respective file system. SystemKeepFree= and RuntimeKeepFree= control how much disk space systemd-journald shall always leave free for
other uses. Defaults to 15% of the size of the respective file system. systemd-journald will respect both limits, i.e. use the smaller
of the two values. SystemMaxFileSize= and RuntimeMaxFileSize= control how large individual journal files may grow at maximum. This
influences the granularity in which disk space is made available through rotation, i.e. deletion of historic data. Defaults to one
eighth of the values configured with SystemMaxUse= and RuntimeMaxUse=, so that usually seven rotated journal files are kept as history.
Specify values in bytes or use K, M, G, T, P, E as units for the specified sizes (equal to 1024, 10242,... bytes). Note that size
limits are enforced synchronously when journal files are extended, and no explicit rotation step triggered by time is needed.
The maximum time to store entries in a single journal file before rotating to the next one. Normally, time-based rotation should not be
required as size-based rotation with options such as SystemMaxFileSize= should be sufficient to ensure that journal files do not grow
without bounds. However, to ensure that not too much data is lost at once when old journal files are deleted, it might make sense to
change this value from the default of one month. Set to 0 to turn off this feature. This setting takes time values which may be
suffixed with the units "year", "month", "week", "day", "h" or "m" to override the default time unit of seconds.
The maximum time to store journal entries. This controls whether journal files containing entries older then the specified time span
are deleted. Normally, time-based deletion of old journal files should not be required as size-based deletion with options such as
SystemMaxUse= should be sufficient to ensure that journal files do not grow without bounds. However, to enforce data retention
policies, it might make sense to change this value from the default of 0 (which turns off this feature). This setting also takes time
values which may be suffixed with the units "year", "month", "week", "day", "h" or " m" to override the default time unit of seconds.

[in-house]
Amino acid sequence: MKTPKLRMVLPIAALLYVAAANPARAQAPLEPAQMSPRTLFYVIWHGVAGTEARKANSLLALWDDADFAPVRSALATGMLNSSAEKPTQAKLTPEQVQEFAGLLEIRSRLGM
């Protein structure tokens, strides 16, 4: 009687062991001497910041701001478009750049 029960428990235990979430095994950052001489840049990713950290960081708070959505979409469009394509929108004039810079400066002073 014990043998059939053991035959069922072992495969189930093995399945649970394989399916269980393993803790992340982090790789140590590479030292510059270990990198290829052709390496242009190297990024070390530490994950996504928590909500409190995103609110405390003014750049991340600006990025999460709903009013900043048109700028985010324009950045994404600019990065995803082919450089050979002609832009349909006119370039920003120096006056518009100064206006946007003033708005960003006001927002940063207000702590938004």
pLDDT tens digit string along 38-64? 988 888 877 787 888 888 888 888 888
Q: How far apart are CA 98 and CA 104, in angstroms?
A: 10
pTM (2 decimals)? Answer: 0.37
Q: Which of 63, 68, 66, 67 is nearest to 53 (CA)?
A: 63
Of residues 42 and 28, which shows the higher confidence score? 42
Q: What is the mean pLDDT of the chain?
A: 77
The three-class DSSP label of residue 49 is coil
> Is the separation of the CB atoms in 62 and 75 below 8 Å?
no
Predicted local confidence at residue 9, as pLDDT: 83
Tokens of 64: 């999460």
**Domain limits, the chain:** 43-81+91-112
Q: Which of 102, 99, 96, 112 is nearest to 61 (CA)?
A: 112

The timeout before synchronizing journal files to disk. After syncing, journal files are placed in the OFFLINE state. Note that syncing
is unconditionally done immediately after a log message of priority CRIT, ALERT or EMERG has been logged. This setting hence applies
only to messages of the levels ERR, WARNING, NOTICE, INFO, DEBUG. The default timeout is 5 minutes.
ForwardToSyslog=, ForwardToKMsg=, ForwardToConsole=
Control whether log messages received by the journal daemon shall be forwarded to a traditional syslog daemon, to the kernel log buffer
(kmsg), or to the system console. These options take boolean arguments. If forwarding to syslog is enabled but no syslog daemon is
running, the respective option has no effect. By default, only forwarding to syslog is enabled. These settings may be overridden at
boot time with the kernel command line options "systemd.journald.forward_to_syslog=", "systemd.journald.forward_to_kmsg=" and
MaxLevelStore=, MaxLevelSyslog=, MaxLevelKMsg=, MaxLevelConsole=
Controls the maximum log level of messages that are stored on disk, forwarded to syslog, kmsg or the console (if that is enabled, see
above). As argument, takes one of "emerg", "alert", "crit", "err", "warning", "notice", "info", "debug" or integer values in the range
of 0..7 (corresponding to the same levels). Messages equal or below the log level specified are stored/forwarded, messages above are
dropped. Defaults to "debug" for MaxLevelStore= and MaxLevelSyslog=, to ensure that the all messages are written to disk and forwarded
to syslog. Defaults to "notice" for MaxLevelKMsg= and "info" for MaxLevelConsole=.
Change the console TTY to use if ForwardToConsole=yes is used. Defaults to /dev/console.
systemd(1), systemd-journald.service(8), journalctl(1), systemd.journal-fields(7), systemd-system.conf(5)
1. Seekable Sequential Key Generators
systemd 208 JOURNALD.CONF(5)